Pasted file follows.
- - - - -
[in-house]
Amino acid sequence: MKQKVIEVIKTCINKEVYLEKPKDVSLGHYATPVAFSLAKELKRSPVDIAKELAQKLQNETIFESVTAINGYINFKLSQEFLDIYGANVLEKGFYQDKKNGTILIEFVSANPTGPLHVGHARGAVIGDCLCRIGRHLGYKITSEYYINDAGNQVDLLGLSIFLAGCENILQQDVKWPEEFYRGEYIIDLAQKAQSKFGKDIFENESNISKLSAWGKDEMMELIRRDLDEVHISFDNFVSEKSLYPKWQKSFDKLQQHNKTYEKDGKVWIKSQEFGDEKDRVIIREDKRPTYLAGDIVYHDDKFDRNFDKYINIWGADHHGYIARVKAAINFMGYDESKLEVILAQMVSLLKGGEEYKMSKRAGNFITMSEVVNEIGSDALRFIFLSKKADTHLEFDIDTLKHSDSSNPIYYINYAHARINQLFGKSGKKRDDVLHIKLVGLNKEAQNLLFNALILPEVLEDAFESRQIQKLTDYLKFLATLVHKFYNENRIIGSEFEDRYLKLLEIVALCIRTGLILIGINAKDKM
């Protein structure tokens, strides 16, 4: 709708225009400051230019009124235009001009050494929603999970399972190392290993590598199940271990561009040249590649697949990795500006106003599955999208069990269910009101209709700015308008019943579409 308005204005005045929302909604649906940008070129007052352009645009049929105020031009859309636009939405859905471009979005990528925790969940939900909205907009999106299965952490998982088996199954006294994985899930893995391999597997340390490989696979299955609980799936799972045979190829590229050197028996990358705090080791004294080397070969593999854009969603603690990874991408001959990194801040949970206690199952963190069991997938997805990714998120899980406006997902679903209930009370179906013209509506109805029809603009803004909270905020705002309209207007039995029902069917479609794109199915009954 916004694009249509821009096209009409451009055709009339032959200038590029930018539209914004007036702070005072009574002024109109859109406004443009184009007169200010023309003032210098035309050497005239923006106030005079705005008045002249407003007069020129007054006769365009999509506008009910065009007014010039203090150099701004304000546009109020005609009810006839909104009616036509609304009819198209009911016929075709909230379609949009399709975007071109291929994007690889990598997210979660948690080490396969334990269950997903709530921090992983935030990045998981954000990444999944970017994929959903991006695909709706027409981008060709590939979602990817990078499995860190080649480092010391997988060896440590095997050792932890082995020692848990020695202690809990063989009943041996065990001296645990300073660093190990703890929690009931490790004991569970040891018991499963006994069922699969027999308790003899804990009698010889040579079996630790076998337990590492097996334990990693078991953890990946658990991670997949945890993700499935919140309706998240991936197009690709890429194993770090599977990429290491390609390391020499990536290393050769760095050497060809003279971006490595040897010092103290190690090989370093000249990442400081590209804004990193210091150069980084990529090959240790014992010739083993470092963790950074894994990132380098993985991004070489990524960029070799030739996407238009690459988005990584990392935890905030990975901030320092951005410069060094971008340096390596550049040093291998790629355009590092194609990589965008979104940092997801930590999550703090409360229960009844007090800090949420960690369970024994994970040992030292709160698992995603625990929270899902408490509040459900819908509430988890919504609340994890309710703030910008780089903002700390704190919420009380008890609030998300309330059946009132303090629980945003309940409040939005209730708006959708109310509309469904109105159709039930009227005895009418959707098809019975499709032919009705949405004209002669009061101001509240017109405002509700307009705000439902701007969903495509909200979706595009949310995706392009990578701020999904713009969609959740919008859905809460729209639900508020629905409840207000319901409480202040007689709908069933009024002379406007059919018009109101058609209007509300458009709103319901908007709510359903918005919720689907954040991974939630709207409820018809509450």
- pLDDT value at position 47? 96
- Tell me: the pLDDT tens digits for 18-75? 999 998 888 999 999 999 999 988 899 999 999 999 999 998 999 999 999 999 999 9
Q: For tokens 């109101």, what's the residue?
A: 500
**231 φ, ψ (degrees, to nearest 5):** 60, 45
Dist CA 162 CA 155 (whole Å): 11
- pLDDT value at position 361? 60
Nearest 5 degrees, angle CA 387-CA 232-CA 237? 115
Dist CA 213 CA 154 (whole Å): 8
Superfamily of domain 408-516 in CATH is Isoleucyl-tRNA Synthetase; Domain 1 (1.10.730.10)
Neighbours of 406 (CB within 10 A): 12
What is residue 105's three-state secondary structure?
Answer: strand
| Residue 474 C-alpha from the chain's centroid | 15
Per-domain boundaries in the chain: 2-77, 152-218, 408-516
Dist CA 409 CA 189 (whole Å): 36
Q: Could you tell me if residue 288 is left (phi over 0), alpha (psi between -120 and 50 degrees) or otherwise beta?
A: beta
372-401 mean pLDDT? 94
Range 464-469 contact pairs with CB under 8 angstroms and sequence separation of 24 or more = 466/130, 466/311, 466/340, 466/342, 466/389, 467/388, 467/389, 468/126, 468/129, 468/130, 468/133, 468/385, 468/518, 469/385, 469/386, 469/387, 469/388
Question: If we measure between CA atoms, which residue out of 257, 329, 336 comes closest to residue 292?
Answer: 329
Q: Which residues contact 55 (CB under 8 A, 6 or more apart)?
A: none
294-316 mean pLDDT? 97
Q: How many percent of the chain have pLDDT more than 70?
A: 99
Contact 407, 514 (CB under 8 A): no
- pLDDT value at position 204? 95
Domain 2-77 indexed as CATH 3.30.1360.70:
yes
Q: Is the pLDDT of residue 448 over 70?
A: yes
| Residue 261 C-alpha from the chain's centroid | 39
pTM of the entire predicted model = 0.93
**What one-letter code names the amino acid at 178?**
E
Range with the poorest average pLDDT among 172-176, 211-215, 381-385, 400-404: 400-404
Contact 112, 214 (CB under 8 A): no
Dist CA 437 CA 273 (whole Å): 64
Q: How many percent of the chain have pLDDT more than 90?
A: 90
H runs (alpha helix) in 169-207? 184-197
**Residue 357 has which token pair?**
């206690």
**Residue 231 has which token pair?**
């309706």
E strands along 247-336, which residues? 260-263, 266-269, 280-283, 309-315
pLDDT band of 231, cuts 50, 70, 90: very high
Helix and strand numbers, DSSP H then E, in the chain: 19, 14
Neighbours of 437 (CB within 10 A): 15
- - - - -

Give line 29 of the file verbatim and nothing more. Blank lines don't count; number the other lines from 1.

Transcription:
Q: How many percent of the chain have pLDDT more than 70?